Infinity’s recent expansion in the Europe and the surrounding markets was supported by the appointment of two new sales mangers in the last seven months. As Tyres & Accessories reported at the time, ex-Lassa Europe boss Martin West will oversee the whole (broadly defined) European jurisdiction, while 18-year Goodyear EMEA veteran Martin Lumb will focus on the Austrian, Eastern European and Israeli markets.
The addition of new staff such as these means Harjeev Kandhari’s plans to “go deep” into existing markets are now actionable. Going deep means the expansion of sales approaches beyond current methods into partnerships with fleets, as Infinity already has done with companies like Dollar and Thrifty in Dubai. This also means similar approaches in the company’s truck tyre sector, with confidential discussions said to be underway with as-yet unnamed partners in Europe.
Recently appointed European sales manager, Martin West explained that the company has a basic market share objective of 1 per cent everywhere it is present. Those markets that have already surpassed this level (the UK market, which has reportedly doubled this goal through Bond International is a key example) are likely to be at the front of the queue when it comes to taking sales strategies to the next level as described. West qualified the company’s market share objects by stating that growth won’t come at the expense of servicing customers with the right product and making sure that prices ensure everyone in the chain is able to make a sustainable margin.
Tyre labelling an opportunity to demonstrate quality
Product quality is also central to any sustainable tyre marketing strategy. That’s why Infinity and production partner Linglong are both keen to demonstrate their tyres are “premium budget” products and not stereotypical cheap Chinese tyres. While Infinity owns its own moulds and bases its range of passenger car, truck and bus, off-the road/earthmover, industrial and mining tyres on its own compound combinations, Linglong’s recent decision to up its research and development spending (see following article for further details) will also have a positive effect on Infinity products.
“One of the best things about this company is that they really listen and react – sometimes scarily fast,” Harjeev Kandhari told Tyres & Accessories. Infinity’s CEO also speaks highly of the level of integrity with which Linglong operates. “They don’t tell us they are able to do something until they already know they can,” using the fact that company was months ahead of schedule with regard to REACH clean oil requirements as an example. The same is also true with regard to the forthcoming tyre labelling regulations which will have an inevitable effect on Infinity’s European customers – preparations are well under way.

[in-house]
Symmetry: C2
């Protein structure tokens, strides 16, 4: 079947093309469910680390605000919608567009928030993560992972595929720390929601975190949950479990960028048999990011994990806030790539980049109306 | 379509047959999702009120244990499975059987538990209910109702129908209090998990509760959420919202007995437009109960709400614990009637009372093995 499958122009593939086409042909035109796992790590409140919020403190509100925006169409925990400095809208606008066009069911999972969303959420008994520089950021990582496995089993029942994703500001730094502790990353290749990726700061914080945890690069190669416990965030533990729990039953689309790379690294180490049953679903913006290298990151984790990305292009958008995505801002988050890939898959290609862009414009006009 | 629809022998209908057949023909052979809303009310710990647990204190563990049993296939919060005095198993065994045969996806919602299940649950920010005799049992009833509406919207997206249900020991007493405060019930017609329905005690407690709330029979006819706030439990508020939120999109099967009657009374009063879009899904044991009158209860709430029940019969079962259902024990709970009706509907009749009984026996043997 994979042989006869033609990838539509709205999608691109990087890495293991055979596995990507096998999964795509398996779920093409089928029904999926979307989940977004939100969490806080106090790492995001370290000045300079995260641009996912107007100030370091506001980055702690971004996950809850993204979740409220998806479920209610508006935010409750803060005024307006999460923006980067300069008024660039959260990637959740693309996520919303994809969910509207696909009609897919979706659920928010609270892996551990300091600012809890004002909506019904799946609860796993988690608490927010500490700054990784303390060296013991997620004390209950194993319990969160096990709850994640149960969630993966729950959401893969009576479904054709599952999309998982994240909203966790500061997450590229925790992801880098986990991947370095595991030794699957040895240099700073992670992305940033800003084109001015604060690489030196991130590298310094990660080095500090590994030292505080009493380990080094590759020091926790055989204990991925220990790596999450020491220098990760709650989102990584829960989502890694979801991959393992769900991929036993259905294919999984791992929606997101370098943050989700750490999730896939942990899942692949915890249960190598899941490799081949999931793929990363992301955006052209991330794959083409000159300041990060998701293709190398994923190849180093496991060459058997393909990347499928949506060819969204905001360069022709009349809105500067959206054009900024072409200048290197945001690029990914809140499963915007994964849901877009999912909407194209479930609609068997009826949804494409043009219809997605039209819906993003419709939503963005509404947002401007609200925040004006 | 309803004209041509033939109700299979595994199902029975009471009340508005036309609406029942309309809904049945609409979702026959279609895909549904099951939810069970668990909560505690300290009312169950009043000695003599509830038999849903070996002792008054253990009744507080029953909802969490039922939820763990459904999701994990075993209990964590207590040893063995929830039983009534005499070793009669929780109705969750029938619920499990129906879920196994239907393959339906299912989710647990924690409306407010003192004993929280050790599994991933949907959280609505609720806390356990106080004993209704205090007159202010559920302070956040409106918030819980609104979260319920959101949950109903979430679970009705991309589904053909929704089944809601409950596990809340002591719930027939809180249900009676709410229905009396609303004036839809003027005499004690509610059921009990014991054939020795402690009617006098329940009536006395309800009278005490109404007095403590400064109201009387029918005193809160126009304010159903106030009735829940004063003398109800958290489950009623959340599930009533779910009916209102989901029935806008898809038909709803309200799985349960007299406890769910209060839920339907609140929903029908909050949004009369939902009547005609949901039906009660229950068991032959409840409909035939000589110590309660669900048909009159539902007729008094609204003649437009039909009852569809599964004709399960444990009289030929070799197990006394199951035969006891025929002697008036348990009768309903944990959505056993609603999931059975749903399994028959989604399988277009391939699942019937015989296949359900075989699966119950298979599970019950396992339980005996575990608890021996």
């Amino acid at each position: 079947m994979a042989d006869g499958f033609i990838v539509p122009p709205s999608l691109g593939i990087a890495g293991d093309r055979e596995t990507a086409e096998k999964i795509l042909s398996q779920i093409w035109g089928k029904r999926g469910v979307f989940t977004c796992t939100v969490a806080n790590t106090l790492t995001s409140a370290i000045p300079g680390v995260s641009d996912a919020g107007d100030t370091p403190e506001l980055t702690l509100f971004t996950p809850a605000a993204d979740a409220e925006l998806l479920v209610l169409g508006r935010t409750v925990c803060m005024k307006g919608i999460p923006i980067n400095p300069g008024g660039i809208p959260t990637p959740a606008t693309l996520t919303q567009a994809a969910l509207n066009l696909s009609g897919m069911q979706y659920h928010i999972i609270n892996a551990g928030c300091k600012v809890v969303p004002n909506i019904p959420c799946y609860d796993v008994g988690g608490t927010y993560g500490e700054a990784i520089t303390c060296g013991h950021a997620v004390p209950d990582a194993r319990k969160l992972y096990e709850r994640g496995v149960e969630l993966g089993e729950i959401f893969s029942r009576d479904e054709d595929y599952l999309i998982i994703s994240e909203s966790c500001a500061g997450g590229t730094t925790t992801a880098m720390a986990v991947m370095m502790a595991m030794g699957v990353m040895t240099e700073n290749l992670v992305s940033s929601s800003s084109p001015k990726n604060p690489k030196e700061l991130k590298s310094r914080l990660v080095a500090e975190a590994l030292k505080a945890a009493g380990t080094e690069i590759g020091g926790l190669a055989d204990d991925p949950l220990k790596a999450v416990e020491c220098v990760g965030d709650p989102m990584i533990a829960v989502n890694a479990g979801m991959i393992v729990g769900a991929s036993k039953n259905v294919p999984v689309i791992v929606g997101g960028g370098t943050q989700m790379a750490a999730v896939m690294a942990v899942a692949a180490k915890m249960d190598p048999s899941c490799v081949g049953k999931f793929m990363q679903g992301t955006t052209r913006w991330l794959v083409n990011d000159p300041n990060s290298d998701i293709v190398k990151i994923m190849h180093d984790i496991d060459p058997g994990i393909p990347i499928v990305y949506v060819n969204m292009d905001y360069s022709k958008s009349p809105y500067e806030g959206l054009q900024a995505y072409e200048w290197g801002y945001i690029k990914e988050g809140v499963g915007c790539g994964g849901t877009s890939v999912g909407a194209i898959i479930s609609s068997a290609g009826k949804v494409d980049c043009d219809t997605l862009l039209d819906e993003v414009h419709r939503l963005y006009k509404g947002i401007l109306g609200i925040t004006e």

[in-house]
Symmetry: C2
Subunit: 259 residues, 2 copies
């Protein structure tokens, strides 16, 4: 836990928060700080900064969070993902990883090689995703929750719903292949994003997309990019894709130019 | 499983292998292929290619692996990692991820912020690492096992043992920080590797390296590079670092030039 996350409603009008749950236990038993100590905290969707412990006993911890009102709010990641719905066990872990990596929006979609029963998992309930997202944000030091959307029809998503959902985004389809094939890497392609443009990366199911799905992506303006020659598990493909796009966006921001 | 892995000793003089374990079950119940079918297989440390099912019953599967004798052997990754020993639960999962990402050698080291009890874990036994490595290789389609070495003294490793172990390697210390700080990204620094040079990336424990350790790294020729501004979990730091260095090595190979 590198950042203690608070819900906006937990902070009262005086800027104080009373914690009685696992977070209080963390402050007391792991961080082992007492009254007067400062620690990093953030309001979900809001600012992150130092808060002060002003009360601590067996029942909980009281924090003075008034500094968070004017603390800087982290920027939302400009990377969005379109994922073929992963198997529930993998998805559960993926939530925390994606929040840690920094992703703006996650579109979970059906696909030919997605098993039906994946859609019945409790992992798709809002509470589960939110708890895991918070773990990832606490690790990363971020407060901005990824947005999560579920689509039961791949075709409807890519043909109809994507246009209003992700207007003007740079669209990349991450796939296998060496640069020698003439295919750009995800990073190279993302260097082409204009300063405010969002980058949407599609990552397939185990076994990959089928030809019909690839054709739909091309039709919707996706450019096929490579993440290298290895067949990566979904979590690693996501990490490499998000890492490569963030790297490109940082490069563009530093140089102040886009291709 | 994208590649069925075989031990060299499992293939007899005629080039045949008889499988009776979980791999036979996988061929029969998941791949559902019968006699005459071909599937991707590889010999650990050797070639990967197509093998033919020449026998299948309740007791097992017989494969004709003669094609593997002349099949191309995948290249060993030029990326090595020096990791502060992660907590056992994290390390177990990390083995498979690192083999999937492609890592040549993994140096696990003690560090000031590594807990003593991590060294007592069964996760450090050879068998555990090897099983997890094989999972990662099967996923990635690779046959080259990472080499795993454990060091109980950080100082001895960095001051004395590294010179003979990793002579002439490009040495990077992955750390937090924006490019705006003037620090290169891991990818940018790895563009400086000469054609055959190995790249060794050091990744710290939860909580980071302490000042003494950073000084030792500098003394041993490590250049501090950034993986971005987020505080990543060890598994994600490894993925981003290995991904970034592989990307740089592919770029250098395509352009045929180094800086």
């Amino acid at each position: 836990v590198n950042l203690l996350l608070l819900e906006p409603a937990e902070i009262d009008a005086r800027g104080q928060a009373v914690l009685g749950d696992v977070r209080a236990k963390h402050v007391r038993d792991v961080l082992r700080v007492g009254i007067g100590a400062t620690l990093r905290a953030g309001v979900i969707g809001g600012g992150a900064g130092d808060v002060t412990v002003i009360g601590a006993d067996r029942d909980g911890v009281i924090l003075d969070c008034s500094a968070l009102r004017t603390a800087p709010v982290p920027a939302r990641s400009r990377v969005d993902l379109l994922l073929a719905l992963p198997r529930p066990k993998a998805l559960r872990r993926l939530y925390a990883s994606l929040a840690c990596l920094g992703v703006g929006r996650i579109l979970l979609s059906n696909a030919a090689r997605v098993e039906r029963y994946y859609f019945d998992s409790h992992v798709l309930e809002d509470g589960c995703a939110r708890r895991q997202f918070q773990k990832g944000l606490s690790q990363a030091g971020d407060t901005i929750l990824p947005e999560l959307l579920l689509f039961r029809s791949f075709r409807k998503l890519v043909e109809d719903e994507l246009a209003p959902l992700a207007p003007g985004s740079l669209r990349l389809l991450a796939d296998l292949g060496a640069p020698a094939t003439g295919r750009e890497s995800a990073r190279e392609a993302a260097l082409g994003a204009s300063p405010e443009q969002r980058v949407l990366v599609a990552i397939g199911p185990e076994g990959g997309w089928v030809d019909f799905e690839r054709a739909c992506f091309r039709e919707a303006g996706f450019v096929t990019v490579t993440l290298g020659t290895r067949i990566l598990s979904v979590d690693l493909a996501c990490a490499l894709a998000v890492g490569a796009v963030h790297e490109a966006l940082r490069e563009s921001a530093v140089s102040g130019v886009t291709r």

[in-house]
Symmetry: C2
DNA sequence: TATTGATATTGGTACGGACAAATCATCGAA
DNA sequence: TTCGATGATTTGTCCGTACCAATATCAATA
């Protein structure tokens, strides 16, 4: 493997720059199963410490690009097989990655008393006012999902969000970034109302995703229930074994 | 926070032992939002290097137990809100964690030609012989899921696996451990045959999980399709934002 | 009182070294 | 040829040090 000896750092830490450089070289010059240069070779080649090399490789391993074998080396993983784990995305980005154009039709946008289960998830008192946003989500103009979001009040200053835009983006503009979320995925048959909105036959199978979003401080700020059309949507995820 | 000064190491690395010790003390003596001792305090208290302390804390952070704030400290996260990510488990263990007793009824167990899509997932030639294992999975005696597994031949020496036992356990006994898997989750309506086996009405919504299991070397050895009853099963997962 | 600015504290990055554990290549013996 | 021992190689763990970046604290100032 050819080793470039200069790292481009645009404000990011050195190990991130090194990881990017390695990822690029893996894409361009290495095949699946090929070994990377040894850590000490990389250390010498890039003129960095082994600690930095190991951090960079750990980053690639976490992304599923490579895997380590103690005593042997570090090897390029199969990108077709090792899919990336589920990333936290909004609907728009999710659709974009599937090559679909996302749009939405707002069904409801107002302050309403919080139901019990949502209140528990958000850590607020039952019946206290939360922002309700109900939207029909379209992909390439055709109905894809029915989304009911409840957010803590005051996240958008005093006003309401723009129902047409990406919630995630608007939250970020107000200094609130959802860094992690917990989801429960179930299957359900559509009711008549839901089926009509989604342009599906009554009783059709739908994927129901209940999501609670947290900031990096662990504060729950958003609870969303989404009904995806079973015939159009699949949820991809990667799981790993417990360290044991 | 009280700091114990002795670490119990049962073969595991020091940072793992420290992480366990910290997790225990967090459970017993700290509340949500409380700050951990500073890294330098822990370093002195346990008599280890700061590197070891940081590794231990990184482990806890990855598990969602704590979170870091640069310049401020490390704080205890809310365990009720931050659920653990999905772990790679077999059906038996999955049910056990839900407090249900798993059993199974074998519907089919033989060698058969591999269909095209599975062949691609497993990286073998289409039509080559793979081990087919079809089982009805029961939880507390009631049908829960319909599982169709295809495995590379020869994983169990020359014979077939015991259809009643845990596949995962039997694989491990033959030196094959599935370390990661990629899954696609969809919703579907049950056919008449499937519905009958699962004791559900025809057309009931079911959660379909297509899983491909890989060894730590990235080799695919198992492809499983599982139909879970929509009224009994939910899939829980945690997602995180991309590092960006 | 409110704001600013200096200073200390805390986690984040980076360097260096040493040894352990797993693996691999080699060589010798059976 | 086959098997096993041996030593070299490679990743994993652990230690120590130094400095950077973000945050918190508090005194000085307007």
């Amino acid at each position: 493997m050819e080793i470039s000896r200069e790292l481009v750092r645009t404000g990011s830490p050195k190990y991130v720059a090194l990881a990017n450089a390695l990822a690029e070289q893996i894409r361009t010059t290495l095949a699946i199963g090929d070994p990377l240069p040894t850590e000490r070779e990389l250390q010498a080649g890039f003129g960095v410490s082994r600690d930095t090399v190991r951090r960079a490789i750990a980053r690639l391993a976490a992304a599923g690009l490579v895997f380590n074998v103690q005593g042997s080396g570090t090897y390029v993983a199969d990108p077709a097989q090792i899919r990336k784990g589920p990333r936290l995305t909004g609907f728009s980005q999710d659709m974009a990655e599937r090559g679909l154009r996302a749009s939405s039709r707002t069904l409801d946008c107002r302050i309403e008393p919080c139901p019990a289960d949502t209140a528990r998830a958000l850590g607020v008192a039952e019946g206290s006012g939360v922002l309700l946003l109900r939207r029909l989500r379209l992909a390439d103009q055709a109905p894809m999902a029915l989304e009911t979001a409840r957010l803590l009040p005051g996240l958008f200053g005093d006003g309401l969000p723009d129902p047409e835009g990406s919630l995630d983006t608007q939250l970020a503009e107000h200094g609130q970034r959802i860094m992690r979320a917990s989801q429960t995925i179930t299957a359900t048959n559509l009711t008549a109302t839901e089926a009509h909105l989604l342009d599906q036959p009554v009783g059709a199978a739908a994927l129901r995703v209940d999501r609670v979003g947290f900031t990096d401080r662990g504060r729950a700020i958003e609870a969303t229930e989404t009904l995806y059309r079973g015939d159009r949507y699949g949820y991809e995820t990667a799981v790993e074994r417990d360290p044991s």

On the subject of tyre labelling Mr Wang Feng commented: “Any new regulations should be fair for everyone, but they are a good thing for us [and therefore Infinity] because it means we won’t have low quality product coming out of China. It also means that we can demonstrate that our products are good…We are confident it will result in better quality tyres for European customers.” Surrender Kandhari echoed these sentiments, putting it like this: the result will be “more safe, more healthy, more green tyres for the customer [tyres] that narrow the gap with the best players.”
While Mr Wang Feng’s comments generally represented a positively pro-active response to the regulatory challenges the company is facing, he did register one concern: “Our only concern is about which test facility is recognised for the purpose of the regulation.” The underlying question is whether or not accrediting facilities will be required to be based in the EU. And if indeed there will be a particular list of these. If so, there are real concerns that there is not enough time to get all the necessary products certificated in time.
Either way, during his conference presentation, Dr Xunmao Xia (vice-chair of Linglong’s R&D centre) set out targets to improve Infinity’s performance characteristics by at least 5 per cent across the board and by 10 per cent with reference to wet braking.